9. bolter

    bolter

    es175,
    Your question is very broad - "which is better"? Better in what sense? And not much context to go on.

    I strongly suggest you bone up on the conept of expectancy as popularised by Van Tharp.

    In answer to your question, from the perspective of returns generated by a system normalised by some measure of risk (ie: better) ..... invariably a "good" short term system will exponentially outperform a "good" longer term system over time. No question.

    The issue of trading costs (bro & skid) can be misleading. If you have a definite edge (ie: very stable positive expectancy) then it is in your interest to trade as often as you can - providing your expectancy exceeds your execution costs. Think casino - they have an edge of around only 3-5%. That is, their transaction cost (payout) is 95-97%. But then again they have a hard mathematical edge.

    Longer term system (think weeks and months) are almost invariably trend-following in nature (buy strength sell weakness). The performance of these systems (including the Turtle System) have been eroding for years and most are longer viable.

    Have a look at my post here:
    http://www.elitetrader.com/vb/showthread.php?s=&threadid=75972&perpage=6&pagenumber=8

    Having said all that it is much more difficult to build a good short term system - but this is as it should be. The natural order of markets is being preserved.

    Good luck,
    bolter
     
  10. I won't say he has "the right idea" about time frames, but my thinking is most in alignment with kut2k2's concept about time-frames.

    While I (and I see that most) traders voted for the short-term time frame as being "better", the fact of the matter is that what we call the short-term time frame is actually very difficult (many say impossible) to trade efficiently.

    It requires an extraordinary amount of skill to do so successfully, (or you must be willing to pay those who have figured out how to do it successfully, to either teach you or give you some insight into their methodology, or pay for their signals, etc.) to actually succeed at it.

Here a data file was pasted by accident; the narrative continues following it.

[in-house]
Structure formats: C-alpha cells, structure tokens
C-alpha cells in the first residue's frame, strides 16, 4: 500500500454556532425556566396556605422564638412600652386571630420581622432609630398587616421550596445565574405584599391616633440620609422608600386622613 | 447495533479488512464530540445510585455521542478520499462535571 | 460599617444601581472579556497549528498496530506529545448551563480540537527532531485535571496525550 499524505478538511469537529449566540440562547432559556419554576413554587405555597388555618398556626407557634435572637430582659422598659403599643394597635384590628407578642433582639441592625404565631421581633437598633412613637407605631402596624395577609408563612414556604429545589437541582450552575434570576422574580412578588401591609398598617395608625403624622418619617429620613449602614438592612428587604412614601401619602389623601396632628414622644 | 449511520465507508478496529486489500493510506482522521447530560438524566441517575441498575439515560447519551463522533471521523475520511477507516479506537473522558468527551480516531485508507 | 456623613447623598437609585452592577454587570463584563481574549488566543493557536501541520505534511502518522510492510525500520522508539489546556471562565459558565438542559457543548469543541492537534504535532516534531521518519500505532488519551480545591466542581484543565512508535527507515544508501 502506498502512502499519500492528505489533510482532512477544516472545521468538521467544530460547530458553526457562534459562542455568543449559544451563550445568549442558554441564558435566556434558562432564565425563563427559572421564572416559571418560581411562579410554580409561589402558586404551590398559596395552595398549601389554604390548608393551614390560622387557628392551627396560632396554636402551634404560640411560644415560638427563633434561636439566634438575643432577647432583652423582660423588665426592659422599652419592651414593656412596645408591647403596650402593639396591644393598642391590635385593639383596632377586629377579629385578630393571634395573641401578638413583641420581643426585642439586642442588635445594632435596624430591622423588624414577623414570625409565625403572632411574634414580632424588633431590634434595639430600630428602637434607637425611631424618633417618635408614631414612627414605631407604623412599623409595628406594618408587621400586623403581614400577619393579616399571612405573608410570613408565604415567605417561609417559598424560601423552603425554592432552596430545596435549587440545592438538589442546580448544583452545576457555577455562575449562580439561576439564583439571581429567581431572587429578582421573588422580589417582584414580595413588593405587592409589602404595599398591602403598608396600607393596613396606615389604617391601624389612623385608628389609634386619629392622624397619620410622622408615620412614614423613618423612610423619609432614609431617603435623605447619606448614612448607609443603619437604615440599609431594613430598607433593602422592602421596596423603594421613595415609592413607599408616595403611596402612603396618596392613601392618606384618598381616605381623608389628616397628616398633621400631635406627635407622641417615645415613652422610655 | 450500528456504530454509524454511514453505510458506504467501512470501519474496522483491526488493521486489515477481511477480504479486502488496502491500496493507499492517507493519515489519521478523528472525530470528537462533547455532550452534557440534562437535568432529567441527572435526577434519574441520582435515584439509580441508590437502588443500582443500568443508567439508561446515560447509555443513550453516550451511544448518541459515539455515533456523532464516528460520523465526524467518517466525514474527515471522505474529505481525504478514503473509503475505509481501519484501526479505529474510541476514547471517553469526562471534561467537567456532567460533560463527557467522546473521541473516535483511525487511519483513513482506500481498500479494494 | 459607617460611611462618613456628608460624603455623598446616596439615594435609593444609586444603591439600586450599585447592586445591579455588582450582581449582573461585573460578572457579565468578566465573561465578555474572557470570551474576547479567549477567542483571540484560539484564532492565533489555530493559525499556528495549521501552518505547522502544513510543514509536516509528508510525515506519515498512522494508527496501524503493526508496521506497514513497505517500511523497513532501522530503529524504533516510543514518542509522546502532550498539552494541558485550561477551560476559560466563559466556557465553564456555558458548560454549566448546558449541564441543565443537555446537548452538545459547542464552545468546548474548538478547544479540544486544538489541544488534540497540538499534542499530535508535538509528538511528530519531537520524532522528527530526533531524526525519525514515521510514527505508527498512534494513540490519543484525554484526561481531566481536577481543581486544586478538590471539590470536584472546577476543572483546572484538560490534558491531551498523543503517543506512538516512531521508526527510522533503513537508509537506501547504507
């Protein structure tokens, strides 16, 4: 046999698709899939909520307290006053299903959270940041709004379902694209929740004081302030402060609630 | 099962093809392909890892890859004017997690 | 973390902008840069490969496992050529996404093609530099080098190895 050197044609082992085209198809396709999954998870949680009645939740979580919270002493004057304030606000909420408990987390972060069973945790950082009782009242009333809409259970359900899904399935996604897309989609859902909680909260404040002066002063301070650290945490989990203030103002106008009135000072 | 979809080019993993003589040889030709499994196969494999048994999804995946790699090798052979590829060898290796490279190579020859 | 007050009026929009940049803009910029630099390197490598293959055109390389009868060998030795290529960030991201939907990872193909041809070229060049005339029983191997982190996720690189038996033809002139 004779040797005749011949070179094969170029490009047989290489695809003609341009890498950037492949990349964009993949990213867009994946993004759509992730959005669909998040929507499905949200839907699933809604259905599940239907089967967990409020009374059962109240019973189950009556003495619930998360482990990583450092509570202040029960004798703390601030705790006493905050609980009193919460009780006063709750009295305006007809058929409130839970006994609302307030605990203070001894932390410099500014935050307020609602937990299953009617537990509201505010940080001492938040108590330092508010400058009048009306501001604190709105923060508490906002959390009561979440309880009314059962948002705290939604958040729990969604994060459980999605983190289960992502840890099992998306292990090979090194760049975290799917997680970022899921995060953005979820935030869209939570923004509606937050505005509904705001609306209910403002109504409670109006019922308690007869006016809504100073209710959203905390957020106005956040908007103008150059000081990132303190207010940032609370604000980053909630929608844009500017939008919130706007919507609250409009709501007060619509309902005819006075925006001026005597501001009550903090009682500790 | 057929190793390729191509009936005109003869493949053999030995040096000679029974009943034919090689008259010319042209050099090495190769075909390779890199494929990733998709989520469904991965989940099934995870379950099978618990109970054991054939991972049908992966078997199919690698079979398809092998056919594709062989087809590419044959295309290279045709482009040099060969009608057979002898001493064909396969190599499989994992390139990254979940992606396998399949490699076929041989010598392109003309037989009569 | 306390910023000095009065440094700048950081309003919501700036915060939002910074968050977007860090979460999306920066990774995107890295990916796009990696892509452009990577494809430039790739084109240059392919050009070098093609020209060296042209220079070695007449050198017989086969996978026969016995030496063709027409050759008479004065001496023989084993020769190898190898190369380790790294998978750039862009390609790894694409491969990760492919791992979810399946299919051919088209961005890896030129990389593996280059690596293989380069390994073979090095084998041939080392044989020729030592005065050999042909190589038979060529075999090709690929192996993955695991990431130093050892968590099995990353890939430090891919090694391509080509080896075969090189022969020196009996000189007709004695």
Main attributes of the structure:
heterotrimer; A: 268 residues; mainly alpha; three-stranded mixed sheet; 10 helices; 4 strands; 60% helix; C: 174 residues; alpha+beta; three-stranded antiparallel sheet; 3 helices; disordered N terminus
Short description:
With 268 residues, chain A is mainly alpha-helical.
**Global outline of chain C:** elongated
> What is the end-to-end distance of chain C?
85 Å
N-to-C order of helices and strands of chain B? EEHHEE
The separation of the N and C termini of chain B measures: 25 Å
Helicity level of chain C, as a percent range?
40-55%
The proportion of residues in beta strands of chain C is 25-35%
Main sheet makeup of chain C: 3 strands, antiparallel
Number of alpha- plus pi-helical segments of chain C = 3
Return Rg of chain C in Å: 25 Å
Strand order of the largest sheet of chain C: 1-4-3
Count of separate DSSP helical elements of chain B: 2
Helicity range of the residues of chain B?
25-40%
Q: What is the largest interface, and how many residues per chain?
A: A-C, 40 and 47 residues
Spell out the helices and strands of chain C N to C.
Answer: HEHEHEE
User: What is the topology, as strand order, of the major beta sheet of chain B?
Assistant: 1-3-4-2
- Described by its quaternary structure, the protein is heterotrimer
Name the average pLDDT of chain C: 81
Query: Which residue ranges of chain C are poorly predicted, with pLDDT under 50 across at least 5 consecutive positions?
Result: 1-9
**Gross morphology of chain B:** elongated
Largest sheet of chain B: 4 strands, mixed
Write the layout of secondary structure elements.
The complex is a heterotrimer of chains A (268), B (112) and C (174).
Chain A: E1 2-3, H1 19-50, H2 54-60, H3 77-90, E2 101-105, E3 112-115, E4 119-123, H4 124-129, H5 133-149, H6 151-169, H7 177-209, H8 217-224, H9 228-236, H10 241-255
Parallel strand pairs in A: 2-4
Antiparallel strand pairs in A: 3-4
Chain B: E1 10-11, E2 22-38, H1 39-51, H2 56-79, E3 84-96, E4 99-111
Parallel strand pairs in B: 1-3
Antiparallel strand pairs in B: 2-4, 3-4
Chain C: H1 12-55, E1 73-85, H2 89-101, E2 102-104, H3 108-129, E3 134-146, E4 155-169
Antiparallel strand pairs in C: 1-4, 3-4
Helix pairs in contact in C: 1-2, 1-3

While it theoritcally requires less capital, it also requires the greatest amount of skill to do it, and do it well (we're talking making a living at it, if you are trading for supplementary income, it is not so difficult). Without good professional help, I won't say it's impossible, but it is a tough one.

    On the subject of money management, because of the increase in randomness which exists on the intra-day timeframe, money management IS your edge.

    Finally, while it begs to be traded in an undiscplined fashion (because of the wide swings which can exist on an intra-day time frame), it actually requieres the most discipline of all.

    3 years with a lot of work, some good help, and a little luck.
    ***
    The middle time-frame is probably optimal for most traders who have a sufficient capital base to work with, have a good technical method entering trades, can consistently determine trend based on their method, and have good money skills which are a little bit better than basic (the ability and knowledge to scale into positions will enhance your edge).

    You could probably begin with some good books on chart reading (if you choose to use charts) - try The Encyclopedia of Chart Patterns by Charles Bukowski for starters.

    6 months to a year and you could be up-to-speed
    ***
    I don't have any experience with trading leveraged securities over the long-term time frame, so I can't speak to that, hhowever, if you are trading unleveraged (or low leverage) securities over an extended time-frame (say, 6 months to ... years), that would give you plenty of time to make your decisions, very little psychological wear-and-tear and little real risk ... for the record, I know of several very smart women who only hold long-term (unleveraged) positions and they are doing very well for themselves.

    Um, to be quite honest with you the women cited in the example haven't had an forma training in securities, unless you count being taught by their boyfriends/ex-hunbands :) .

    Best Regards,

    Jimmy Jam
     
    #10     Sep 11, 2006